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Lorne
January 10th, 2009, 04:02 PM
I just obtained an Altos 8000-1 from Australia.
It works on 220 V, 50 Hz.
And of course, I need it to work on 120 V, 60 Hz.

I've opened up the case and I think the power supply (transformer) might work on both voltages (although not via a switch).

I've attached a copy of the power supply schematic diagram, and a photo of the power supply wiring connections.

1162

1163

I think what I need to do is remove the connector that is between pins 2 and 3, and then take one of the white wires that is presently connected to pin 1 and connect it to pin 2.

Am I on the right track?

I'm no elecrician, so I want to make sure I've interpreted the schematic correctly before I screw it all up (which would be the usual course of events).

Is there anyone out there who can confirm my thinking, or point me in the right direction, if I've got it all wrong?

Thanks in advance.

DimensionDude
January 10th, 2009, 05:27 PM
The markings on the transformer and the schematic are telling us this:

Line in *always* on pins 1 and 4

Link pins 2 and 3 for 230v operation.

Link pins 1,2 and separately 3,4 for 115v operation. Remove link from 2,3.


I will confirm this tomorrow (Sunday) by checking a few industrial dual-voltage control transformers where I work. The vast majority of dual-voltage transformers work in this manner.

Kent

Lorne
January 10th, 2009, 06:08 PM
Kent:

Thank you very much!
I'm glad I asked for assistance.
I now see what you were reading in the schematic.
The same jumper I see on the actual transformer for the 220V setup, is shown in two different locations on the diagram for the 120V setup.

The jumper for the 220V looks like steel or aluminum.
It should be OK to use copper shouldn't it?
And something like the same gauge as house wiring to a power receptacle?

Thanks again.

patscc
January 10th, 2009, 06:12 PM
The idea is to get the series connected windings into a parallel configuration.
I can't tell from the schematic, the numbers are too small for me to make out.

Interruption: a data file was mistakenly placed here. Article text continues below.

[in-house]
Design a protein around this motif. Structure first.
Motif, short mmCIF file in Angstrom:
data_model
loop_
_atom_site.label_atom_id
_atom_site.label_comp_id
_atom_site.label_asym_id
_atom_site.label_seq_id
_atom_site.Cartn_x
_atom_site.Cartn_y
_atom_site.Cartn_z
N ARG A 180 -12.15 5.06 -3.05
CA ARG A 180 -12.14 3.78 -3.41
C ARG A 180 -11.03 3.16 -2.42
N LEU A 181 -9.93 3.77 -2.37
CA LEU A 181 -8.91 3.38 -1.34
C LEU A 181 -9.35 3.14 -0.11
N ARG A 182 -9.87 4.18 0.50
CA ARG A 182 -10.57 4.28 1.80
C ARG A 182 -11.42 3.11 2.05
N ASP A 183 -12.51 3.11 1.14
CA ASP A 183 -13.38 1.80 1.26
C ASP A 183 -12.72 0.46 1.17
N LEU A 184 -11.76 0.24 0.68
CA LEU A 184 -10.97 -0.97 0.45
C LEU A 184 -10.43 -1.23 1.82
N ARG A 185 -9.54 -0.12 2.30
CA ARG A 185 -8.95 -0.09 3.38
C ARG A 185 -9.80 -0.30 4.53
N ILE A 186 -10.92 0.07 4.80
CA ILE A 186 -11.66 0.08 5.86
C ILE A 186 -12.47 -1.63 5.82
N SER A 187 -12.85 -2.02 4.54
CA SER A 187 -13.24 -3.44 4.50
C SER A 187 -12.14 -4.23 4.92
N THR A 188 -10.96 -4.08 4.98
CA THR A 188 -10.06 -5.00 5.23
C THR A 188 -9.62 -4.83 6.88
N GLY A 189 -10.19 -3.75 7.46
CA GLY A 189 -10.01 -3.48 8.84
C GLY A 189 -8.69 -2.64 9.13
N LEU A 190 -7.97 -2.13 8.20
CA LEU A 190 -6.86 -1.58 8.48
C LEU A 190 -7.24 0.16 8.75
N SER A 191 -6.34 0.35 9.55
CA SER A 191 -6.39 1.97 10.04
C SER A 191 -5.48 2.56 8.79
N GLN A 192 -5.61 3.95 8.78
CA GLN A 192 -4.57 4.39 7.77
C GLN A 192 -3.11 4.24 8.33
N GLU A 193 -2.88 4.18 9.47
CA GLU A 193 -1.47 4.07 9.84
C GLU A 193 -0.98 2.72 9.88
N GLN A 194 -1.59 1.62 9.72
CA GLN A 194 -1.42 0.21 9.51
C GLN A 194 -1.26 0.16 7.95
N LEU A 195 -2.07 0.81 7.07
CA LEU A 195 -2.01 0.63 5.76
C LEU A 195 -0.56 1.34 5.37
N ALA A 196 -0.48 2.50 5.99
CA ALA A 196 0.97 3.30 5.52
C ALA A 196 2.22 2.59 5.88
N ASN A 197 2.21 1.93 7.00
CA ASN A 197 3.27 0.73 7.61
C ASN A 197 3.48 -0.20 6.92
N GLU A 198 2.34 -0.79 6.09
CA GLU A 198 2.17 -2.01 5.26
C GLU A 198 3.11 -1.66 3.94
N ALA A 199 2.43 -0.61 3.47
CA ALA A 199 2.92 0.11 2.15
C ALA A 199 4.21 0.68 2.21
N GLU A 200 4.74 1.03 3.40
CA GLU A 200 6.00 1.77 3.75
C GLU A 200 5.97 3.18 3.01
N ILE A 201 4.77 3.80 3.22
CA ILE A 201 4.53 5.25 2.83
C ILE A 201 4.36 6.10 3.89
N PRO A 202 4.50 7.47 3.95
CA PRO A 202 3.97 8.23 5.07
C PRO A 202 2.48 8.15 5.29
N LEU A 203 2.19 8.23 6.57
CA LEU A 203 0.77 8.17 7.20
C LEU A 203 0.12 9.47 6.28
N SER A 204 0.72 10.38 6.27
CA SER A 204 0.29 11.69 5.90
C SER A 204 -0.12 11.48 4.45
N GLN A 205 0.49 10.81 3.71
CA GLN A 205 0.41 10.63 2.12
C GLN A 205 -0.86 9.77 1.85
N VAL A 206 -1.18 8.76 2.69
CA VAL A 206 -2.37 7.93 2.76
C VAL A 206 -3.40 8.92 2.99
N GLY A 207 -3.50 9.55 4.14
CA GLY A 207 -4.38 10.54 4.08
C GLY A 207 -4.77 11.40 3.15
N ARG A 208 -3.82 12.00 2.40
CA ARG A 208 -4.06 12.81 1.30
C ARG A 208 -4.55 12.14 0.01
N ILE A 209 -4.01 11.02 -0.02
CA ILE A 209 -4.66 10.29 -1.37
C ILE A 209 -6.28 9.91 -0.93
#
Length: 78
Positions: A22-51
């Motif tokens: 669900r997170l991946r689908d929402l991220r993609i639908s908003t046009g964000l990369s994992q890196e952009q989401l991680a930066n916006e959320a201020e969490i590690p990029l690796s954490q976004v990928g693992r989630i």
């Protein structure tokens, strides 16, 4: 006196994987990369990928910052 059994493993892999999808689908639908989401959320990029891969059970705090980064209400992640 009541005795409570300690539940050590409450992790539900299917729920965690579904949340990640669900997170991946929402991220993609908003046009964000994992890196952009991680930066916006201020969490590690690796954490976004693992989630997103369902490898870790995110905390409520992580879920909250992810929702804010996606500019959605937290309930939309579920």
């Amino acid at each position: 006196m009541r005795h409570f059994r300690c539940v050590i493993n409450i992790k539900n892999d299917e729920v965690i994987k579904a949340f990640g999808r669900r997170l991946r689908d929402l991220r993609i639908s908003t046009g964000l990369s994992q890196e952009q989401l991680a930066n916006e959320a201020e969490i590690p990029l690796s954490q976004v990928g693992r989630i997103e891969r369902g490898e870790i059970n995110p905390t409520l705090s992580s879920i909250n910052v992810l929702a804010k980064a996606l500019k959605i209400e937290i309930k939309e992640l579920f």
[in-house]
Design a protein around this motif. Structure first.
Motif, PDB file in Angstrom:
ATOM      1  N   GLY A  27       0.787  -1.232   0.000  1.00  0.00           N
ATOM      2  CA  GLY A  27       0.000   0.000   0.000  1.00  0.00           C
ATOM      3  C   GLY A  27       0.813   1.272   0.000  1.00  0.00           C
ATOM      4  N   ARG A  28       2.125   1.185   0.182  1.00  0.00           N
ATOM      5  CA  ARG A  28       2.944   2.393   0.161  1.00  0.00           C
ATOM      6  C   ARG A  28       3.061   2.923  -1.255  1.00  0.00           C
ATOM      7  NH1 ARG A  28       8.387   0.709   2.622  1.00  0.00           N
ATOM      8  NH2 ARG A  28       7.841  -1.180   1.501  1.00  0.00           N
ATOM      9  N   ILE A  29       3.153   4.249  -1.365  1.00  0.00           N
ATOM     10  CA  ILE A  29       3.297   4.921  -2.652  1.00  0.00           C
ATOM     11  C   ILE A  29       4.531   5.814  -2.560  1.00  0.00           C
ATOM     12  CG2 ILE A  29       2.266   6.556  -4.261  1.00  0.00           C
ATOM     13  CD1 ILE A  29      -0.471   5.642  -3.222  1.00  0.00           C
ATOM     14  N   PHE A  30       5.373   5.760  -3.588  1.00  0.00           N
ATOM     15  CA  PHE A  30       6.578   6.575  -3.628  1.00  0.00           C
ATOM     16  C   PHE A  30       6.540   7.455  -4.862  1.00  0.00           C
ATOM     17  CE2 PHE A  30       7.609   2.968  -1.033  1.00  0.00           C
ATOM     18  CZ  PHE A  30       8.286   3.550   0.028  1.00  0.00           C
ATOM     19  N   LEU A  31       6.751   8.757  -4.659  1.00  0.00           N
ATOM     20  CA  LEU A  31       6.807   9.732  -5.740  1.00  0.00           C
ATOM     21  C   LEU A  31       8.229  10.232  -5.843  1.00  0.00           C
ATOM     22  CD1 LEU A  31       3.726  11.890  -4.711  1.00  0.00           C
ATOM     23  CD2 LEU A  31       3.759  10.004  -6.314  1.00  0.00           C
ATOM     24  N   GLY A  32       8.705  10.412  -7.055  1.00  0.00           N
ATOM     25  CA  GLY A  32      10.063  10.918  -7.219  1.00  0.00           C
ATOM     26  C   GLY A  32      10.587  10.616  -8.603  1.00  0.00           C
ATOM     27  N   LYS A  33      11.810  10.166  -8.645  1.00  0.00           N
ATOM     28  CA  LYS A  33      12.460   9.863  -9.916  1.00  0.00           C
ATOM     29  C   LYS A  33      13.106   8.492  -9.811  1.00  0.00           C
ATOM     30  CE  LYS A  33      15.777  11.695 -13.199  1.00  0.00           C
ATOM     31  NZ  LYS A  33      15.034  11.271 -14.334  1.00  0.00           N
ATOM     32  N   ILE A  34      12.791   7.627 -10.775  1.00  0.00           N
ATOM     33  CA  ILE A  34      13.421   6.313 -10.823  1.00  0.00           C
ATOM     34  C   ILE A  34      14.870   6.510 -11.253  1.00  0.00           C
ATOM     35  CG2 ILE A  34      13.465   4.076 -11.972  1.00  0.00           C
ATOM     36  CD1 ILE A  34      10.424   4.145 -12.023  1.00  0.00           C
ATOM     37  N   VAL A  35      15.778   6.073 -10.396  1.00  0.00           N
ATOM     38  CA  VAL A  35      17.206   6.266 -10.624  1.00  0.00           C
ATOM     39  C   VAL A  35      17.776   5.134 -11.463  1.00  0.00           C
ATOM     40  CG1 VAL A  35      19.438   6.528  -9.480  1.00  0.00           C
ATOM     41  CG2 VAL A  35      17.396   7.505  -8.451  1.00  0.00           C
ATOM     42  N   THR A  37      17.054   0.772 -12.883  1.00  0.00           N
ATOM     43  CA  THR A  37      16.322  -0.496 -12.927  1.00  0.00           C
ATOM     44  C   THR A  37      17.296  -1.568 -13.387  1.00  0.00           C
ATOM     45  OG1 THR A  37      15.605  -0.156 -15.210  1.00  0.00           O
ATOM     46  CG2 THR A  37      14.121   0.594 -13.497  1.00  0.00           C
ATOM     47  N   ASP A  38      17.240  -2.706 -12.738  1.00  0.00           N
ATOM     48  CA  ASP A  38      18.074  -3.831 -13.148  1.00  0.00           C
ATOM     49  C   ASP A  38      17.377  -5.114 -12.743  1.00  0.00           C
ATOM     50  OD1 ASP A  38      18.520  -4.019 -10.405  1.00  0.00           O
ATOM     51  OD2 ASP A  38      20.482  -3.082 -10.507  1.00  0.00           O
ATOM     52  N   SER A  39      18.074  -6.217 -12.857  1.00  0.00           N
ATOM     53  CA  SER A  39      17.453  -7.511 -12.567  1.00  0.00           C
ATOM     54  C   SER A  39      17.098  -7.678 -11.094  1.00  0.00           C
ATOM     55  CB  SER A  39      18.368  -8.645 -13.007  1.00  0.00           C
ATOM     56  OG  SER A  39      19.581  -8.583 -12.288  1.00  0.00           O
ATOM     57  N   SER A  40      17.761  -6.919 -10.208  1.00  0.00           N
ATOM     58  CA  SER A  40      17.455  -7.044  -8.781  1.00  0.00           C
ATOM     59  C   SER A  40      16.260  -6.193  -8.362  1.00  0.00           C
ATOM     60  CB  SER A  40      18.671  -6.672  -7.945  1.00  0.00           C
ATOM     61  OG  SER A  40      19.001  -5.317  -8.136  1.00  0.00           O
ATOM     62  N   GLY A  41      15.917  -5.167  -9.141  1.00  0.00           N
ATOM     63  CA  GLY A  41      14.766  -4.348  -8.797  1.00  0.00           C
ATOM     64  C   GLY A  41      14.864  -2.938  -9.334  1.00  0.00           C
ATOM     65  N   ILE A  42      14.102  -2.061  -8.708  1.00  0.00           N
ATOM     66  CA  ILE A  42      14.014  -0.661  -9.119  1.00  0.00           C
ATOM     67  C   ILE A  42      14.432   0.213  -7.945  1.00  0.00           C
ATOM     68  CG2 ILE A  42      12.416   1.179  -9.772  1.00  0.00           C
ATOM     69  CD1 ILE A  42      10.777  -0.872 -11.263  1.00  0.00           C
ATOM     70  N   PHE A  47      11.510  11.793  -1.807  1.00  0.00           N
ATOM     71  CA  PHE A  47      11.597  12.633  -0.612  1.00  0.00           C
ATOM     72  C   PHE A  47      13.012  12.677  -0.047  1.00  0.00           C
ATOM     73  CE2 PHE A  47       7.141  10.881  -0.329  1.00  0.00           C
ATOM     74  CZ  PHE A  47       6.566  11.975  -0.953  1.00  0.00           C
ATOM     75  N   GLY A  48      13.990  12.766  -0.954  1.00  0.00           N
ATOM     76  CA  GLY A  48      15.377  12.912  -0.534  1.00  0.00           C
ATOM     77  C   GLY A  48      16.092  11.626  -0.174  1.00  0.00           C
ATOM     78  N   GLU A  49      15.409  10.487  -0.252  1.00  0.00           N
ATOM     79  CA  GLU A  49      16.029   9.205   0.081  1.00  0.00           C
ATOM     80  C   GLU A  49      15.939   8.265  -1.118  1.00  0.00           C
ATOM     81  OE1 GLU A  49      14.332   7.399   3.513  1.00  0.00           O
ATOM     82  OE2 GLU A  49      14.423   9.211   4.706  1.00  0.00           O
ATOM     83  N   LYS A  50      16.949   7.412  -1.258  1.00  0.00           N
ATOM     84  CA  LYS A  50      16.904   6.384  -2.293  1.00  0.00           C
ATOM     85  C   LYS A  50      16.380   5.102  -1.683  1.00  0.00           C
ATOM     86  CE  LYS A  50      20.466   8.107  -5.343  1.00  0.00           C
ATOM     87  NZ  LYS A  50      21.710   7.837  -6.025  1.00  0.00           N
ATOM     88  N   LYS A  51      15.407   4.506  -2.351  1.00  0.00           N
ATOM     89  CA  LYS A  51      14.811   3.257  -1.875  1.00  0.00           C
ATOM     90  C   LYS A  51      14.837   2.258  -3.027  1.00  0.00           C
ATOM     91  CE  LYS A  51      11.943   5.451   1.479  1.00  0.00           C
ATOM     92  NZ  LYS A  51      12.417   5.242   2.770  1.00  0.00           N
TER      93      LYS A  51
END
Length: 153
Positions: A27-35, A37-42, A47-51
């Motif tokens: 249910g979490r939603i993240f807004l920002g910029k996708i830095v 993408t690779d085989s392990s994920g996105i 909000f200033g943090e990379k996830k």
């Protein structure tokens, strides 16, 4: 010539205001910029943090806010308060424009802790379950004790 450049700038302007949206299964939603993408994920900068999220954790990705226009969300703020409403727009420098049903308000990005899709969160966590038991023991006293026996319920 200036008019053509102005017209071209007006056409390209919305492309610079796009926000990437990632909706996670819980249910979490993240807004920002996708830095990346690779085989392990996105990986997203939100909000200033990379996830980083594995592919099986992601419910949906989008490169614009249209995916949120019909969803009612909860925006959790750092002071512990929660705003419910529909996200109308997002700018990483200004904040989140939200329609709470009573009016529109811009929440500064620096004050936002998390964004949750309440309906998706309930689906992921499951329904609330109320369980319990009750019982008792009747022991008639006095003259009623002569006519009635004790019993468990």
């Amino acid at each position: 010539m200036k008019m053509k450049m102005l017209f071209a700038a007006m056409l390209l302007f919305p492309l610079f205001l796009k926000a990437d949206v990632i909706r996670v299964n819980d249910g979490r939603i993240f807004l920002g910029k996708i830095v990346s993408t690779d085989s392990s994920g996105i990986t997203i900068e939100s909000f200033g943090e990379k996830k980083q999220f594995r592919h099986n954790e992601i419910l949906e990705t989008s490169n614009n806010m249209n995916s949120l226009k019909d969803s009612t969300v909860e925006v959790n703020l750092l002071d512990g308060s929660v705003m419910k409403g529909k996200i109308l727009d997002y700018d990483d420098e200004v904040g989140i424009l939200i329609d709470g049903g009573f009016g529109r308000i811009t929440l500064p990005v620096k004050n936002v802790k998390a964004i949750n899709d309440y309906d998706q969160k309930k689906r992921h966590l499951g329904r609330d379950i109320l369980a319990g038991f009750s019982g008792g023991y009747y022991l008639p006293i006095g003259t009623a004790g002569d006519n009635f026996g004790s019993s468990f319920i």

The winding resistance in parallel should be double of the series configuration.

patscc

channelmaniac
January 10th, 2009, 06:57 PM
White on 1 & 3, Black on 2 & 4.

Cut the jumper between 2 & 3

You want to put those windings in parallel.

RJ

patscc
January 10th, 2009, 07:23 PM
Could the schematic be reposted larger, please ?
patscc

Lorne
January 10th, 2009, 07:41 PM
Could the schematic be reposted larger, please ?
patscc

I cropped it - hopefully this is more readable.
1164

Question: If 1 & 2 and 3 & 4 are connected together, it doesn't matter if the line voltage goes to 1 or 2, or 3 or 4 does it?

patscc
January 10th, 2009, 07:56 PM
Much better, thanks. I agree, it looks like 1 & 2 , 3 & 4.

Lorne said...doesn't matter if the line voltage goes to 1 or 2, or 3 or 4 does it?
No, since 1 & 2 are connected together (or will be ), anything going to 1 will go to 2 as well.
If possible, I'd disconnect the power supply from the rest of the computer, just in case, this way you can double-check the voltages.

patscc

Chuck(G)
January 10th, 2009, 07:57 PM
That black wire on 3 goes to a fan, right?

If so, then:

Leave the white wires where they are.
Leave the black wires were they are.
Remove the jumper between 2 and 3
Connect 1 and 2
Connect 3 and 4


So, at the conclusion, you'll have:
Terminal 1: both white wires and a jumper to terminal 2
Terminal 2: A jumper to terminal 1.
Terminal 3: A black wire and a jumper to terminal 4
Terminal 4: A black wire and a jumper to terminal 3


I've got a couple of open-frame PSUs that have the same markings.

Lorne
January 10th, 2009, 08:08 PM
That black wire on 3 goes to a fan, right?

Probably, but I really have no idea where the wires go ! I had a tough enough time taking it apart to even see the transformer. These things are built tough. It's a pain in the butt to get into them. I want to get it back together asap, before I forget where everything goes.

I've got it now - I know what I've got to solder.